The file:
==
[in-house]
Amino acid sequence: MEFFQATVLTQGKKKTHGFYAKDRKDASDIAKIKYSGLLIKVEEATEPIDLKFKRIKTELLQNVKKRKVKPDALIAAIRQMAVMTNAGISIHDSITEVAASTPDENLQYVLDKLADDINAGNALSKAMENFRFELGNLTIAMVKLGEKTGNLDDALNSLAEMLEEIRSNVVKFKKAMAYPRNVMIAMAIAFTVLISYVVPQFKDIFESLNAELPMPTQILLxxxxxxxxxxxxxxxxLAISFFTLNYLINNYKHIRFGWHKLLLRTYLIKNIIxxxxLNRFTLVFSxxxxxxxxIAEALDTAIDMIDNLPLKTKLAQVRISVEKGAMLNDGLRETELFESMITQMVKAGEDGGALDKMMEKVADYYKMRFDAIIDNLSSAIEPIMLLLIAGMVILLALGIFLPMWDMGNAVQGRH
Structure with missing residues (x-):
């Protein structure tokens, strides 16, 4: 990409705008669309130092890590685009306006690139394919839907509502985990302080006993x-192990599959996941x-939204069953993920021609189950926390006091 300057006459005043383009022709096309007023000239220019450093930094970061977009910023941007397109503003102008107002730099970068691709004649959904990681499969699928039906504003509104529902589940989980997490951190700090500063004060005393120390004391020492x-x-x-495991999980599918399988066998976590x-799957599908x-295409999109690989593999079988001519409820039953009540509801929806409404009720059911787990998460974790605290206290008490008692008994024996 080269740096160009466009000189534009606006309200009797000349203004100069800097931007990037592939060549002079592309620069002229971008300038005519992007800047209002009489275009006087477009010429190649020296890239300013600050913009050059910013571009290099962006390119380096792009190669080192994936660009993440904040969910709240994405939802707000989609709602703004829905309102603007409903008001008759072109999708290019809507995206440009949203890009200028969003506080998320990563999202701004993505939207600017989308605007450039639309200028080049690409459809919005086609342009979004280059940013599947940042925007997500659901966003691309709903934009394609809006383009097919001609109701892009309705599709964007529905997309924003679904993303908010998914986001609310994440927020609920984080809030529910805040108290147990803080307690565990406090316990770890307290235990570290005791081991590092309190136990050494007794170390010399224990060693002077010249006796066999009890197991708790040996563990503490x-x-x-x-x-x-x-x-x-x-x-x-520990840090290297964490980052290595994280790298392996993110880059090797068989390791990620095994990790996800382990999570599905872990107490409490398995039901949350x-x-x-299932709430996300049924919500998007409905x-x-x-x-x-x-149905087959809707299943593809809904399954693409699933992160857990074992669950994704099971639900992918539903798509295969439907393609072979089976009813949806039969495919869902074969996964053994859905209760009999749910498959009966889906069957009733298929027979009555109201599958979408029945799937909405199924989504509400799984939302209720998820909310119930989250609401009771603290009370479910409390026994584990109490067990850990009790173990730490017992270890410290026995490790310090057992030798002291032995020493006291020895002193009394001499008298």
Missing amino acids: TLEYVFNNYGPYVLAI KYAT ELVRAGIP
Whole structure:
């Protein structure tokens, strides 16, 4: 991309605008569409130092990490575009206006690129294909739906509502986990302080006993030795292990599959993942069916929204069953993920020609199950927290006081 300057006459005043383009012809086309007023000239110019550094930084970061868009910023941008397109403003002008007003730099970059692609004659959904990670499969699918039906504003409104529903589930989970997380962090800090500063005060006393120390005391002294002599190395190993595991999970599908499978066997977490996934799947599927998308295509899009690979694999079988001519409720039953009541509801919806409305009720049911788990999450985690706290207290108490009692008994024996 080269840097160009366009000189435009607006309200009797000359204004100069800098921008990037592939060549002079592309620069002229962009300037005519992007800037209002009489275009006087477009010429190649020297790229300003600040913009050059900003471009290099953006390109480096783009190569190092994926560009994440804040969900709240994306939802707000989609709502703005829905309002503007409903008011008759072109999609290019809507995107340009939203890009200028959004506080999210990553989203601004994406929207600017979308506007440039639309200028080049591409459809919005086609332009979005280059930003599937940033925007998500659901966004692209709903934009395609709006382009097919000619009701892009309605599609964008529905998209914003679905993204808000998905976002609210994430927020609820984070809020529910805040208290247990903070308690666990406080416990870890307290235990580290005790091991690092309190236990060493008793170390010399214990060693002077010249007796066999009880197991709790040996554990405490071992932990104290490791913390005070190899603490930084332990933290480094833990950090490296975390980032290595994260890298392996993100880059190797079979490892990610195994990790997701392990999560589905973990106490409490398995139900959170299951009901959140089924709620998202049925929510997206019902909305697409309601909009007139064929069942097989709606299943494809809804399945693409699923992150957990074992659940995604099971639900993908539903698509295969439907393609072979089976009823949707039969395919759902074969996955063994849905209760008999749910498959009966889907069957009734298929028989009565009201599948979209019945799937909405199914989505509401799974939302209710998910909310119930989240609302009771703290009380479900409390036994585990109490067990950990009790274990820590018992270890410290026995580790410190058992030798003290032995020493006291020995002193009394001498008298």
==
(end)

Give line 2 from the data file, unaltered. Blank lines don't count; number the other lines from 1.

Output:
Amino acid sequence: MEFFQATVLTQGKKKTHGFYAKDRKDASDIAKIKYSGLLIKVEEATEPIDLKFKRIKTELLQNVKKRKVKPDALIAAIRQMAVMTNAGISIHDSITEVAASTPDENLQYVLDKLADDINAGNALSKAMENFRFELGNLTIAMVKLGEKTGNLDDALNSLAEMLEEIRSNVVKFKKAMAYPRNVMIAMAIAFTVLISYVVPQFKDIFESLNAELPMPTQILLxxxxxxxxxxxxxxxxLAISFFTLNYLINNYKHIRFGWHKLLLRTYLIKNIIxxxxLNRFTLVFSxxxxxxxxIAEALDTAIDMIDNLPLKTKLAQVRISVEKGAMLNDGLRETELFESMITQMVKAGEDGGALDKMMEKVADYYKMRFDAIIDNLSSAIEPIMLLLIAGMVILLALGIFLPMWDMGNAVQGRH